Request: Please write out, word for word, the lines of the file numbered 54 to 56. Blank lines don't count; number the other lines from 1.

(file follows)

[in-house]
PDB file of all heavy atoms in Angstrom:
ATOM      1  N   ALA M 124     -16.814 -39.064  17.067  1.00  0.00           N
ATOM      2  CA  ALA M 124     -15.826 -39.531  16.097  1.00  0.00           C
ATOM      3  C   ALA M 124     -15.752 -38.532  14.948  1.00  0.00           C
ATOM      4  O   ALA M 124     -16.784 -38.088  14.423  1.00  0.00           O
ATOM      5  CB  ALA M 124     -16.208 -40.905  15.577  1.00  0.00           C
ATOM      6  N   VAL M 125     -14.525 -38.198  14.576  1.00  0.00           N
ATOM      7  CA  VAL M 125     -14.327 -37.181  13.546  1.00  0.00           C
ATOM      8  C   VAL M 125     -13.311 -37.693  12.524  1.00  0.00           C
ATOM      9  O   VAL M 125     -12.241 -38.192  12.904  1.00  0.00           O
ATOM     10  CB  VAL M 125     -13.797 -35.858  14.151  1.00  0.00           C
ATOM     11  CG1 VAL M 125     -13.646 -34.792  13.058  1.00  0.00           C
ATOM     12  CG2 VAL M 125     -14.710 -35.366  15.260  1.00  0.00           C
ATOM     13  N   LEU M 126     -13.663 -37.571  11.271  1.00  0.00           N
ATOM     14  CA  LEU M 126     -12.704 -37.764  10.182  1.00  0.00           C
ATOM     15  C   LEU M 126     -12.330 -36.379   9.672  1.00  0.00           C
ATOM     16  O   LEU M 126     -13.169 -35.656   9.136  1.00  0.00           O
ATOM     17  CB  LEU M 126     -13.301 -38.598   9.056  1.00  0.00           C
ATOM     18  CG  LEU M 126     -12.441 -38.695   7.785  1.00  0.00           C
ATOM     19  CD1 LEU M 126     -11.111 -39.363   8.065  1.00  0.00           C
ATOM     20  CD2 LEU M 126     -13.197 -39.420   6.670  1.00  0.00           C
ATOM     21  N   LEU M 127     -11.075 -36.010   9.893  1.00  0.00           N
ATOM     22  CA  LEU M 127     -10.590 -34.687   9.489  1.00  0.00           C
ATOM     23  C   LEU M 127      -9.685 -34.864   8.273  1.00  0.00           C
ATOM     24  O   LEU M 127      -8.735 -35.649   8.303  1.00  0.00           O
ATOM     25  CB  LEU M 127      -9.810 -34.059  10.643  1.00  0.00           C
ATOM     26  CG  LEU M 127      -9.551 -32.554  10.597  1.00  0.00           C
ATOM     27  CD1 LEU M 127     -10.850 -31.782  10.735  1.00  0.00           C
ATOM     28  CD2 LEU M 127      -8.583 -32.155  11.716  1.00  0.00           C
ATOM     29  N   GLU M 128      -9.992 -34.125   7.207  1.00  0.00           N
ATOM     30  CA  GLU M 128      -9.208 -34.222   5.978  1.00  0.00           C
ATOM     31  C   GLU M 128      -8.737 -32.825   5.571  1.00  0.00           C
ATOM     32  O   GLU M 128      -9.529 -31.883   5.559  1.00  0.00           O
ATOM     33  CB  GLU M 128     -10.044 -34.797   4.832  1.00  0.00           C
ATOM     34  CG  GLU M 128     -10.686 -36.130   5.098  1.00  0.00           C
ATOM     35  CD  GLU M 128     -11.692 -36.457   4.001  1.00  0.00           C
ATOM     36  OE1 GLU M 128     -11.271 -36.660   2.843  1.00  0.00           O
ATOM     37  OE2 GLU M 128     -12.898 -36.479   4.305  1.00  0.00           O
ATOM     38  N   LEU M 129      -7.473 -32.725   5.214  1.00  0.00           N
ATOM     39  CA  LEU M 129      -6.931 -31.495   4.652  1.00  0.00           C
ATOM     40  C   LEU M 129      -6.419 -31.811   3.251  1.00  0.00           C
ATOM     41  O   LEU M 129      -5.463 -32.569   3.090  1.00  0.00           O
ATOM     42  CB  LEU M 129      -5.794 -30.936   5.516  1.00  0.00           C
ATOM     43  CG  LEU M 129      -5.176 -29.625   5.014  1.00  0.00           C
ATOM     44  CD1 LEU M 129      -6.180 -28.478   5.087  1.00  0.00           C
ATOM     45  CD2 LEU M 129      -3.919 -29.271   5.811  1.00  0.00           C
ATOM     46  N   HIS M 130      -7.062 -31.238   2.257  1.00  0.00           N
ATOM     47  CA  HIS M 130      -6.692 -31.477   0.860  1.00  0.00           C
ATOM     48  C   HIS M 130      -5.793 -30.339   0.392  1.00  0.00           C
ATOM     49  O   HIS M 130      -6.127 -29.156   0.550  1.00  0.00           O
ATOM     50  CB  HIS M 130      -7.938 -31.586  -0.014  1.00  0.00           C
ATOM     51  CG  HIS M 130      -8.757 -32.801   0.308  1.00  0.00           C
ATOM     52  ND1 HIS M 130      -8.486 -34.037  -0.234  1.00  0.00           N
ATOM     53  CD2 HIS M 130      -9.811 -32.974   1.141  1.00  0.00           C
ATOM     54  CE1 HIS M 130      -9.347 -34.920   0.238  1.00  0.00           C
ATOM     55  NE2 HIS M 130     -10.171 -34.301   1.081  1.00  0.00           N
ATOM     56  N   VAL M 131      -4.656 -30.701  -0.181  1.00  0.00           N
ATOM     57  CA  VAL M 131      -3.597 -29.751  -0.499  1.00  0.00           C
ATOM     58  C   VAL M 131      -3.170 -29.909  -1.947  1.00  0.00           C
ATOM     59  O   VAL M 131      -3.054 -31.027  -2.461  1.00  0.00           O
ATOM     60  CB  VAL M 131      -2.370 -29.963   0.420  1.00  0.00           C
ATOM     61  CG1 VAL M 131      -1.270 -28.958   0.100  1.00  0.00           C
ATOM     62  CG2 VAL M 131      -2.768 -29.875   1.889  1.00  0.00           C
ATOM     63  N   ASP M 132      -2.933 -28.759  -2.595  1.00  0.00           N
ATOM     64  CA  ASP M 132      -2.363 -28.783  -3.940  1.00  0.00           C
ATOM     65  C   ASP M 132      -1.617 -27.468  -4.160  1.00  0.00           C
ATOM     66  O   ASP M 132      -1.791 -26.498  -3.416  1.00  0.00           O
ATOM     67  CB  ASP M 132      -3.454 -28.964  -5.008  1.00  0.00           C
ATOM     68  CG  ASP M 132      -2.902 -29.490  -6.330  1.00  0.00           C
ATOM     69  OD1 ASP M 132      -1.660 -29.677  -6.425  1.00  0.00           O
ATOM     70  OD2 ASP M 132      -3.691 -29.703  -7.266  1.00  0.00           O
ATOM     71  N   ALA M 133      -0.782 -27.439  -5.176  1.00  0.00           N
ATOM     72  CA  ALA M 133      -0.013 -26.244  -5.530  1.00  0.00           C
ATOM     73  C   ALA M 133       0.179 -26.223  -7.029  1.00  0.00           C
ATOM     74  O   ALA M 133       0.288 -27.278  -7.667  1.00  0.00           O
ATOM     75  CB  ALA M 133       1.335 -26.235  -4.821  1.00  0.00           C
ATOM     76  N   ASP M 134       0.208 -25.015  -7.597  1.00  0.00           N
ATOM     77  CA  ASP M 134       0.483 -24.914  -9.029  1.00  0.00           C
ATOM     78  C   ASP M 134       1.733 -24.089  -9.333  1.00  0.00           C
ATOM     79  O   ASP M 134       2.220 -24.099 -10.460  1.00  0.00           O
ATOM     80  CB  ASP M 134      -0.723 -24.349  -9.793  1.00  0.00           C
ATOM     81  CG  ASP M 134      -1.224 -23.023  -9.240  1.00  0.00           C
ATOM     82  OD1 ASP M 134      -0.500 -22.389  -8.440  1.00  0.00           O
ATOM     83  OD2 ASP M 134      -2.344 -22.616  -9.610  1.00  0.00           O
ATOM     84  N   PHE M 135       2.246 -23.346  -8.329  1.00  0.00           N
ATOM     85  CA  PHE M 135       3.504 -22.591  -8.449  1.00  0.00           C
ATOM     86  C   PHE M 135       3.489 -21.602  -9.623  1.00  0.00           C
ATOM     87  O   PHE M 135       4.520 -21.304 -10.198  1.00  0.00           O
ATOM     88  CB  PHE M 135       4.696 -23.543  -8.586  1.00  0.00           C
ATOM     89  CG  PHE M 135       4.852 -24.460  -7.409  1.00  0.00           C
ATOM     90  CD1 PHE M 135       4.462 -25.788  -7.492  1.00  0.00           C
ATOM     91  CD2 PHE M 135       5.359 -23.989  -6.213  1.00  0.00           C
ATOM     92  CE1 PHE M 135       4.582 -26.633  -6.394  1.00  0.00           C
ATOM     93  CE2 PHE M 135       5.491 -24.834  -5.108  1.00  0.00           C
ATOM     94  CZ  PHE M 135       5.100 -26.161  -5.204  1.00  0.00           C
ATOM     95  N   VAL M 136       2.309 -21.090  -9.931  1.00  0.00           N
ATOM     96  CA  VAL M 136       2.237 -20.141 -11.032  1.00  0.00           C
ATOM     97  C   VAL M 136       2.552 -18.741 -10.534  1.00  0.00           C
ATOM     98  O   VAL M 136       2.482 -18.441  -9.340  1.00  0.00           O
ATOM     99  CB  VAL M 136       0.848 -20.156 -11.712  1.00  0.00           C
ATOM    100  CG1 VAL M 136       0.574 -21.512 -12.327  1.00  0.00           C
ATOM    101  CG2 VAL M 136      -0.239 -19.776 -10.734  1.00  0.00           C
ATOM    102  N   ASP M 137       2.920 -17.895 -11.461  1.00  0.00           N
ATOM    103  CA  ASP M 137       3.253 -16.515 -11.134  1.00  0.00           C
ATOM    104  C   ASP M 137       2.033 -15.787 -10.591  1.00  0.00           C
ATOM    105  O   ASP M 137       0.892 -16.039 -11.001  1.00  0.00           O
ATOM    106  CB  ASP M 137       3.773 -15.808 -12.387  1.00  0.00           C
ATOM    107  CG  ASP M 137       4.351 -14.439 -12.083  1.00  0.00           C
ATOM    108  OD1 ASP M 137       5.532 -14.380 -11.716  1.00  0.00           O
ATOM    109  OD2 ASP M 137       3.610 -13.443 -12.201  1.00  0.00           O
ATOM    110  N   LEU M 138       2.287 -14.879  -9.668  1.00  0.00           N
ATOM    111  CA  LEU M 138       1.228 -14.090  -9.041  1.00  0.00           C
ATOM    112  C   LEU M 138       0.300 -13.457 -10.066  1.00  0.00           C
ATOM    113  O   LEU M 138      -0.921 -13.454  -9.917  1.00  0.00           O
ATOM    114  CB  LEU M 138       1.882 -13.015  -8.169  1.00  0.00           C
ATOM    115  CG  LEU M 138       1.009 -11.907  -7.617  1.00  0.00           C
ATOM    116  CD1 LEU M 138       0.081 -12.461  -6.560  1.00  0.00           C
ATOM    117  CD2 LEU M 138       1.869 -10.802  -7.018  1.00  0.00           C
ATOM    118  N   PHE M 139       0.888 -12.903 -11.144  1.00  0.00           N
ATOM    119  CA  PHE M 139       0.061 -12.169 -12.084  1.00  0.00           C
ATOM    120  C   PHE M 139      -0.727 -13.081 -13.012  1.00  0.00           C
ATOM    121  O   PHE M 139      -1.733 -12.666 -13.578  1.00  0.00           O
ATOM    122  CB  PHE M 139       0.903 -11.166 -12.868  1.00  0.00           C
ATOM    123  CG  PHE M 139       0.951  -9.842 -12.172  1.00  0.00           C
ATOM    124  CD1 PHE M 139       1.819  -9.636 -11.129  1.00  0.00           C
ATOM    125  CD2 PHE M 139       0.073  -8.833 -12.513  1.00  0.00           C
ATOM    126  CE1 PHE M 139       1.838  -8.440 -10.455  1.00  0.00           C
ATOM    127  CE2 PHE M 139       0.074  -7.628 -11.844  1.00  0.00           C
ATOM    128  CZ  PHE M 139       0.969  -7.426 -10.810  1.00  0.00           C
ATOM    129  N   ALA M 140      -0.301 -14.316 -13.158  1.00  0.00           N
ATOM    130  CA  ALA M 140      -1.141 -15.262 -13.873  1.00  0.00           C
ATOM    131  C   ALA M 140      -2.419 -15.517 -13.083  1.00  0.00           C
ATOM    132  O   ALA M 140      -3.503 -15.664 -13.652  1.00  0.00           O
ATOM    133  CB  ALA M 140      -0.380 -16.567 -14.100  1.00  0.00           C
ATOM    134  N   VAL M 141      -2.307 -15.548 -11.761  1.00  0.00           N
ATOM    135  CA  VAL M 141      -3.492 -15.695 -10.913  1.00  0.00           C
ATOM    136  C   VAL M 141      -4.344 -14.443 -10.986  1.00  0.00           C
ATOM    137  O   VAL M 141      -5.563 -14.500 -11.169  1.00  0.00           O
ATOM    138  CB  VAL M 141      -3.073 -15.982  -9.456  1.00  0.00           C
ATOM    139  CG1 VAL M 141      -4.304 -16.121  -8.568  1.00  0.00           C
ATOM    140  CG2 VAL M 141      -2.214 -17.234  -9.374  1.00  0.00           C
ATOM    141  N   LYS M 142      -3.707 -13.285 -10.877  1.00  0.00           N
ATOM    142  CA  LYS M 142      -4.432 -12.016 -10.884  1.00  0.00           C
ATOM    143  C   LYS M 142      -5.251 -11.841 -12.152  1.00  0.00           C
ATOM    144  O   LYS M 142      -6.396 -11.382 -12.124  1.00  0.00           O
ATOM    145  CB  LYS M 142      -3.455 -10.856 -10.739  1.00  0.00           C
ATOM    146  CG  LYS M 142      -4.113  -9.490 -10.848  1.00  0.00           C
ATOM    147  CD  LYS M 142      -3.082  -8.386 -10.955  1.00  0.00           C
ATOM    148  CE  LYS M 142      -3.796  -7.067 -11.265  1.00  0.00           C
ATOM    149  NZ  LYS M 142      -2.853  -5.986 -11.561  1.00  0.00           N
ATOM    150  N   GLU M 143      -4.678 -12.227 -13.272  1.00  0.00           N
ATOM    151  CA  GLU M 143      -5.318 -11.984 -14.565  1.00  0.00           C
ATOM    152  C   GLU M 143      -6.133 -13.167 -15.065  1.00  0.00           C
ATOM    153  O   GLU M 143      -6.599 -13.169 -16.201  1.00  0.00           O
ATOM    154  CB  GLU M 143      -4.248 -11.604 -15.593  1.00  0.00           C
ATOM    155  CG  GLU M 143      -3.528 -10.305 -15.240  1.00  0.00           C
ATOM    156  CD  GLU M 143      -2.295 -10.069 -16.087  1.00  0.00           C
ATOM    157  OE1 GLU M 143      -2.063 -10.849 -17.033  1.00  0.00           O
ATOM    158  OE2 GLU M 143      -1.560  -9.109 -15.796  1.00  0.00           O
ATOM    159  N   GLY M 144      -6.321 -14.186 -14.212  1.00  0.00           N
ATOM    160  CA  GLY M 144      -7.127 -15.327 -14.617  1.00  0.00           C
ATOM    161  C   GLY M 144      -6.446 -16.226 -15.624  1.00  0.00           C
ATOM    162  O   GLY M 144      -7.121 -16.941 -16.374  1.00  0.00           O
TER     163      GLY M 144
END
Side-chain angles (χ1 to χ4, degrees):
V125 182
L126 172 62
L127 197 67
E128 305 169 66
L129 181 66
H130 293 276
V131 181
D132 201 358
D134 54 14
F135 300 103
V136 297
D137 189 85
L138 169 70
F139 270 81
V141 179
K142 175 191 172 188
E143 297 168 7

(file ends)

ATOM     52  ND1 HIS M 130      -8.486 -34.037  -0.234  1.00  0.00           N
ATOM     53  CD2 HIS M 130      -9.811 -32.974   1.141  1.00  0.00           C
ATOM     54  CE1 HIS M 130      -9.347 -34.920   0.238  1.00  0.00           C